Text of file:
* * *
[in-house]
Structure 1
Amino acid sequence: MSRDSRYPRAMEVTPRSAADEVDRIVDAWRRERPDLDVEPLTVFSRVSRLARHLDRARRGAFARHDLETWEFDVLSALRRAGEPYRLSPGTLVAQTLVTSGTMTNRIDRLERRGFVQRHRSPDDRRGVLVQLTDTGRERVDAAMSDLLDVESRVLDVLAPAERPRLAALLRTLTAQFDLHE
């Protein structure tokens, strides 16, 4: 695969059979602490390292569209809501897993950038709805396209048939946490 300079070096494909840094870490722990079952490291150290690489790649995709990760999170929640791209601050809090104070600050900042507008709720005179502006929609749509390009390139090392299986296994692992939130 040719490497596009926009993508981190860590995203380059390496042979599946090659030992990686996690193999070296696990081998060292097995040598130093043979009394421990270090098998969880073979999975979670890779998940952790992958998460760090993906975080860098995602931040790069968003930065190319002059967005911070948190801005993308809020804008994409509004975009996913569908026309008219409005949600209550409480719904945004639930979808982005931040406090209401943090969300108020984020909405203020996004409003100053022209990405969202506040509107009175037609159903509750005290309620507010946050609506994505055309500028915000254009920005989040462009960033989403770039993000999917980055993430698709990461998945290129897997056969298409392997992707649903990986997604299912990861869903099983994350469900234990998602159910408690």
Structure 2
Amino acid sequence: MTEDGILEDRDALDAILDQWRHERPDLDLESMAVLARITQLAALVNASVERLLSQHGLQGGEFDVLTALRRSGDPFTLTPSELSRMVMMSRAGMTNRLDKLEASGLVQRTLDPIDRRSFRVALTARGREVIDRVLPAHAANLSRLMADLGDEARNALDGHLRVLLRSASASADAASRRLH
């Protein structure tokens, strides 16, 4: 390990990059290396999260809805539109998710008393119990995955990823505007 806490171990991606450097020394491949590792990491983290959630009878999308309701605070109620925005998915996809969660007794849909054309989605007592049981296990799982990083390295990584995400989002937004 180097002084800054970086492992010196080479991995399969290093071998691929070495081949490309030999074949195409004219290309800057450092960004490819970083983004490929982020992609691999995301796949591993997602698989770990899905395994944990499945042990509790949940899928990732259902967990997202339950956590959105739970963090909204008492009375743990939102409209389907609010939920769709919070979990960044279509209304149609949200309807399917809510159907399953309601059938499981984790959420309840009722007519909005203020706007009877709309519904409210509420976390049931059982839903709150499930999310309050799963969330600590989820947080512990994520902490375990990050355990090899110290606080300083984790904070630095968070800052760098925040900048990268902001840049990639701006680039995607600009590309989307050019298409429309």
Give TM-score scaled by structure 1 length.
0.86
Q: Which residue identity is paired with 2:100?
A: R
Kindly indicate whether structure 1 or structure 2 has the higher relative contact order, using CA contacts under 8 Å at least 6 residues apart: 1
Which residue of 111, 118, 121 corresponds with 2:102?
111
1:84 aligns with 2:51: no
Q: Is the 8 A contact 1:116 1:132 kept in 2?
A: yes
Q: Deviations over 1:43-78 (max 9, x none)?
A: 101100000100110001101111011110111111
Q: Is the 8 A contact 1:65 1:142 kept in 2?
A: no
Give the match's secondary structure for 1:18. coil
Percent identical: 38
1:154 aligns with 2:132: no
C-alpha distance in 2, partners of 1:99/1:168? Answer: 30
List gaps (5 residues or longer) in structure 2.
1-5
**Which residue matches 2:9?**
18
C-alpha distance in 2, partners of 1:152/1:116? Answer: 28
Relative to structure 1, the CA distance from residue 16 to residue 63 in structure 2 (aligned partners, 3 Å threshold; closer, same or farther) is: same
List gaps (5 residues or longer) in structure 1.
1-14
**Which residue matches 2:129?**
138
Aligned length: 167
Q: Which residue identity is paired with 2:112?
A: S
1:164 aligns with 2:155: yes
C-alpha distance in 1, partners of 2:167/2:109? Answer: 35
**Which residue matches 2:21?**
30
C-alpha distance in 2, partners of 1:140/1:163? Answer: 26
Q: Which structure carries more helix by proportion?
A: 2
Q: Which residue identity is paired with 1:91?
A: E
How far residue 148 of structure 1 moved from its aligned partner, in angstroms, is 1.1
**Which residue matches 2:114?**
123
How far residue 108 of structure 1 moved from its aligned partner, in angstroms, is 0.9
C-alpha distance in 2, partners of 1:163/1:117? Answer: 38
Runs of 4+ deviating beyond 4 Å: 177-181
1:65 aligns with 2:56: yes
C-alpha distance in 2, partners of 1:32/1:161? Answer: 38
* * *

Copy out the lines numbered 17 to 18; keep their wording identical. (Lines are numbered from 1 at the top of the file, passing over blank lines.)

A: yes
Q: Deviations over 1:43-78 (max 9, x none)?